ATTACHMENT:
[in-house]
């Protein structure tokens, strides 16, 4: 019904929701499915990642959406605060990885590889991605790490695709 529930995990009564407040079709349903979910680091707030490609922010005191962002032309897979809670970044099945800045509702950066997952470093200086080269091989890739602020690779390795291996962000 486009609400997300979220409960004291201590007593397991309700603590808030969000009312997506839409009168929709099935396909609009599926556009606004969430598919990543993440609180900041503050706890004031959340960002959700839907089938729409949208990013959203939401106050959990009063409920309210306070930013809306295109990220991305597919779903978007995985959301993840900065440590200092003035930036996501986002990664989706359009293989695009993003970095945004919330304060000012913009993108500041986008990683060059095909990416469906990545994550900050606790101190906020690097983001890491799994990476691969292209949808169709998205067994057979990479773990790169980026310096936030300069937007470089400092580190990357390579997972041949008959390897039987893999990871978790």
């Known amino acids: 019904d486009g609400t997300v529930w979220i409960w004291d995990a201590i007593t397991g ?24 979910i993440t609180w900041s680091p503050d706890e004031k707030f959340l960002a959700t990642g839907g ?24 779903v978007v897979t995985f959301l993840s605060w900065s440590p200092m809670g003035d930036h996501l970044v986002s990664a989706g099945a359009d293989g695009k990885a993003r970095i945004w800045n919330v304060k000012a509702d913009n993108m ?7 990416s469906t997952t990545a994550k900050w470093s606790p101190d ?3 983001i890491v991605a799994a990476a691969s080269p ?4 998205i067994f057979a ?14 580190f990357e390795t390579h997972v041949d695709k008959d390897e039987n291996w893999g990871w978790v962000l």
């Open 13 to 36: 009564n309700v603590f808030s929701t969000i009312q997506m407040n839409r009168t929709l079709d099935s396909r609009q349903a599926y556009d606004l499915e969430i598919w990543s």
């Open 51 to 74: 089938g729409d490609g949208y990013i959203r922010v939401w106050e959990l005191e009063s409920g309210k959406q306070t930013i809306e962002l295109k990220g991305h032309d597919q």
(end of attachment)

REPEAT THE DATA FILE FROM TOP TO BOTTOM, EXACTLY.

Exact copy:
[in-house]
């Protein structure tokens, strides 16, 4: 019904929701499915990642959406605060990885590889991605790490695709 529930995990009564407040079709349903979910680091707030490609922010005191962002032309897979809670970044099945800045509702950066997952470093200086080269091989890739602020690779390795291996962000 486009609400997300979220409960004291201590007593397991309700603590808030969000009312997506839409009168929709099935396909609009599926556009606004969430598919990543993440609180900041503050706890004031959340960002959700839907089938729409949208990013959203939401106050959990009063409920309210306070930013809306295109990220991305597919779903978007995985959301993840900065440590200092003035930036996501986002990664989706359009293989695009993003970095945004919330304060000012913009993108500041986008990683060059095909990416469906990545994550900050606790101190906020690097983001890491799994990476691969292209949808169709998205067994057979990479773990790169980026310096936030300069937007470089400092580190990357390579997972041949008959390897039987893999990871978790």
């Known amino acids: 019904d486009g609400t997300v529930w979220i409960w004291d995990a201590i007593t397991g ?24 979910i993440t609180w900041s680091p503050d706890e004031k707030f959340l960002a959700t990642g839907g ?24 779903v978007v897979t995985f959301l993840s605060w900065s440590p200092m809670g003035d930036h996501l970044v986002s990664a989706g099945a359009d293989g695009k990885a993003r970095i945004w800045n919330v304060k000012a509702d913009n993108m ?7 990416s469906t997952t990545a994550k900050w470093s606790p101190d ?3 983001i890491v991605a799994a990476a691969s080269p ?4 998205i067994f057979a ?14 580190f990357e390795t390579h997972v041949d695709k008959d390897e039987n291996w893999g990871w978790v962000l």
């Open 13 to 36: 009564n309700v603590f808030s929701t969000i009312q997506m407040n839409r009168t929709l079709d099935s396909r609009q349903a599926y556009d606004l499915e969430i598919w990543s």
């Open 51 to 74: 089938g729409d490609g949208y990013i959203r922010v939401w106050e959990l005191e009063s409920g309210k959406q306070t930013i809306e962002l295109k990220g991305h032309d597919q």